Copper is a chemical element with the symbol Cu. It is a ductile metal with very high thermal and electrical conductivity. Pure copper is soft and malleable; a freshly exposed surface has a reddish-orange color. It is used as a conductor of heat and electricity, a building material, and a constituent of various metal alloys.
The metal and its alloys have been used for thousands of years. In the Roman era, copper was principally mined on Cyprus, hence the origin of the name of the metal as Cyprium (metal of Cyprus), later shortened to Cuprum. Its compounds are commonly encountered as copper salts, which often impart blue or green colors to minerals such as turquoise and have been widely used historically as pigments. Architectural structures built with copper corrode to give green verdigris (or patina). Decorative art prominently features copper, both by itself and as part of pigments.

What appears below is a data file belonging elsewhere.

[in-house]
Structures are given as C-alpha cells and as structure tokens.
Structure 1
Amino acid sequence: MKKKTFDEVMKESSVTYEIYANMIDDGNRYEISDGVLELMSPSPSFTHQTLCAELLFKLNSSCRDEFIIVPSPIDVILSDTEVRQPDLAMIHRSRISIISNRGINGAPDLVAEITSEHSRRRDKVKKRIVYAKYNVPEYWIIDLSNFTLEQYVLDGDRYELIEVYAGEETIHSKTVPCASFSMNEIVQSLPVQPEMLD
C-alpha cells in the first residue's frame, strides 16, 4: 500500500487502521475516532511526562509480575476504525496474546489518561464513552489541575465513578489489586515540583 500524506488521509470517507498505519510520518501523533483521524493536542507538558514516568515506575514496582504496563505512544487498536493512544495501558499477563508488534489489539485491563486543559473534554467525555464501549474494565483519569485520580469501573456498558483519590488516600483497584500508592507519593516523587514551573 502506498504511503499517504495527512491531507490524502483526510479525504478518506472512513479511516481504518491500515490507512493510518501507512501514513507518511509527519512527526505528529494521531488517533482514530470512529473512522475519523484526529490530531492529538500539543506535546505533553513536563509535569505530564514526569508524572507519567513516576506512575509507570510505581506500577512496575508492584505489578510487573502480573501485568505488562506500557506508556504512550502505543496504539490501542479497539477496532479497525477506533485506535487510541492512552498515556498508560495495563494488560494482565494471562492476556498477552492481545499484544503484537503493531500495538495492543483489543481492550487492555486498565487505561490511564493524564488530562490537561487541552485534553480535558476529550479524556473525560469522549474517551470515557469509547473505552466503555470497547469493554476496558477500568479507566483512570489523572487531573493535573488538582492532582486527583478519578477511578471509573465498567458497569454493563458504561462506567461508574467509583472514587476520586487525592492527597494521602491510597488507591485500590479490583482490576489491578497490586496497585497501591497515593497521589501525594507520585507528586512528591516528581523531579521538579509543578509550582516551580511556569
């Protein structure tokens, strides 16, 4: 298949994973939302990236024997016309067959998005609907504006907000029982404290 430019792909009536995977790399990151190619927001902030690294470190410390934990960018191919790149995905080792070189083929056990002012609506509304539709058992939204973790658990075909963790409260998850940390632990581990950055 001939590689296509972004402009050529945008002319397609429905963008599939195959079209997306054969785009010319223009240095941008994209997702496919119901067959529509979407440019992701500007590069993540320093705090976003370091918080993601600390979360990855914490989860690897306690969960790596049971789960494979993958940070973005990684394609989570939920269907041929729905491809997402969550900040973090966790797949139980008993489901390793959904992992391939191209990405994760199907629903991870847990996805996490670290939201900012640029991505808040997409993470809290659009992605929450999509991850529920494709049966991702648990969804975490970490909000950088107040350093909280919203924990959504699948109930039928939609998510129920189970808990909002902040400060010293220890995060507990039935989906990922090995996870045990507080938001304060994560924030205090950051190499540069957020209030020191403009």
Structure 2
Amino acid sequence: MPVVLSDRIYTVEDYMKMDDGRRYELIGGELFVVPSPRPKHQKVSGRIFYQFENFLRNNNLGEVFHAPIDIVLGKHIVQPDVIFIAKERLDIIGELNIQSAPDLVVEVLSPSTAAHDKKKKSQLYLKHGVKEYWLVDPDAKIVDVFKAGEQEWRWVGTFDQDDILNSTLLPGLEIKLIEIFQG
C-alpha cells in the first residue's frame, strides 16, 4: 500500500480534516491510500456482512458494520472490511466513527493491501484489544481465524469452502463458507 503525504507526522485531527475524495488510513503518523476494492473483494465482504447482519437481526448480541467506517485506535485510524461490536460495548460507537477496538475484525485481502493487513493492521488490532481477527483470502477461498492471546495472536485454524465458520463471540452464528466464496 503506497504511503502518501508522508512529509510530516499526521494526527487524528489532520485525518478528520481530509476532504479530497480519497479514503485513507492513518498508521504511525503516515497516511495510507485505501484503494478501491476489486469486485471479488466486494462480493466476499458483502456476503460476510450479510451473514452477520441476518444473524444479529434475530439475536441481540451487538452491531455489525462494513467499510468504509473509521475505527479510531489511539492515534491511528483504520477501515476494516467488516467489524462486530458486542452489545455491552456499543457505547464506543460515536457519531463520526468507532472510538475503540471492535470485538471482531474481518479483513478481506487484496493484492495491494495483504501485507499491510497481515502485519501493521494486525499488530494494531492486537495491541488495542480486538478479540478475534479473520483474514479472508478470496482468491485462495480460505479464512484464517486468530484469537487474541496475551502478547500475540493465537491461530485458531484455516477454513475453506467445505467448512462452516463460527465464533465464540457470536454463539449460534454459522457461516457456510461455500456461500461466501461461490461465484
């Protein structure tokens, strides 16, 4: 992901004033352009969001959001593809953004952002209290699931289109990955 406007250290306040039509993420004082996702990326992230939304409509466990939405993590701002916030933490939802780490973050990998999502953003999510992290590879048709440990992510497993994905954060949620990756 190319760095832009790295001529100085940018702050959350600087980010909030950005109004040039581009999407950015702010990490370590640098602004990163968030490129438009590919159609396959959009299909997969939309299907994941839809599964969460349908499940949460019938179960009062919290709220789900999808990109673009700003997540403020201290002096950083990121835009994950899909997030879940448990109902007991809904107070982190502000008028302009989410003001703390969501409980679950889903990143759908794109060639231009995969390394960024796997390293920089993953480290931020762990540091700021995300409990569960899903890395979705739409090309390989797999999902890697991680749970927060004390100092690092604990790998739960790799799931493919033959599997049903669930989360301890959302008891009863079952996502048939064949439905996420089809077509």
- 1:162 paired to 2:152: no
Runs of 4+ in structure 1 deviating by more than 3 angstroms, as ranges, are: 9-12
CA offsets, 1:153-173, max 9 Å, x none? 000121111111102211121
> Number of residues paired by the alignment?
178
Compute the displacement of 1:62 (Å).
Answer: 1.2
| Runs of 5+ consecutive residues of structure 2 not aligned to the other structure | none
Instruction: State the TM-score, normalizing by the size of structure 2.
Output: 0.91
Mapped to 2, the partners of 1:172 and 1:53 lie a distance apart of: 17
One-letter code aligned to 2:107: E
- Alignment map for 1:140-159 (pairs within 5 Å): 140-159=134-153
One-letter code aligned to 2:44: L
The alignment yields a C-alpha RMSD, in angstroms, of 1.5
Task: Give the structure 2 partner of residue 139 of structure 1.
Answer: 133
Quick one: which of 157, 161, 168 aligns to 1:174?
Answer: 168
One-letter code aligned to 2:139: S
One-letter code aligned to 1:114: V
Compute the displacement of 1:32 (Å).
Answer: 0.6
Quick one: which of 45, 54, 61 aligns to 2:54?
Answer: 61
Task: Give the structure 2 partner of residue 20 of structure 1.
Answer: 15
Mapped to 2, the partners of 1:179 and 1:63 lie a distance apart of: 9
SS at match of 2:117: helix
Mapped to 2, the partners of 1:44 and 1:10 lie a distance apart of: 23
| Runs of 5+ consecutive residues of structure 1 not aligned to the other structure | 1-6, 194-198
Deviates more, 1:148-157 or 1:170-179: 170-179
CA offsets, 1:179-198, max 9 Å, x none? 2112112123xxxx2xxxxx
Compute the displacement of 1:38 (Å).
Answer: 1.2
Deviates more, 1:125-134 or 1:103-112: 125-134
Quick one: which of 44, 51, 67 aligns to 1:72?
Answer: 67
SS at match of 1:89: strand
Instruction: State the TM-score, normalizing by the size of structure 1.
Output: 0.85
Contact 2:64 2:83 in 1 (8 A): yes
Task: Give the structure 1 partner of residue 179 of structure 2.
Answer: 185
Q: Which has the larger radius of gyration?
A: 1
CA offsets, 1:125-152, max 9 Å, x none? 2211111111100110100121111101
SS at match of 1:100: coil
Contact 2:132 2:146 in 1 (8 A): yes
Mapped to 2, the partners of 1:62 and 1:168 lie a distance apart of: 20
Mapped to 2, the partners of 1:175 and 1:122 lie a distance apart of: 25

Copper has been in use at least 10,000 years, but more than 95% of all copper ever mined and melted has been extracted since 1900. As with many natural resources, the total amount of copper on Earth is vast (around 1014 tons just in the top kilometer of Earth's crust, or about 5 million years' worth at the current rate of extraction). However, only a tiny fraction of these reserves is economically viable, given present-day prices and technologies. Various estimates of existing copper reserves available for mining vary from 25 years to 60 years, depending on core assumptions such as the growth rate. Recycling is a major source of copper in the modern world.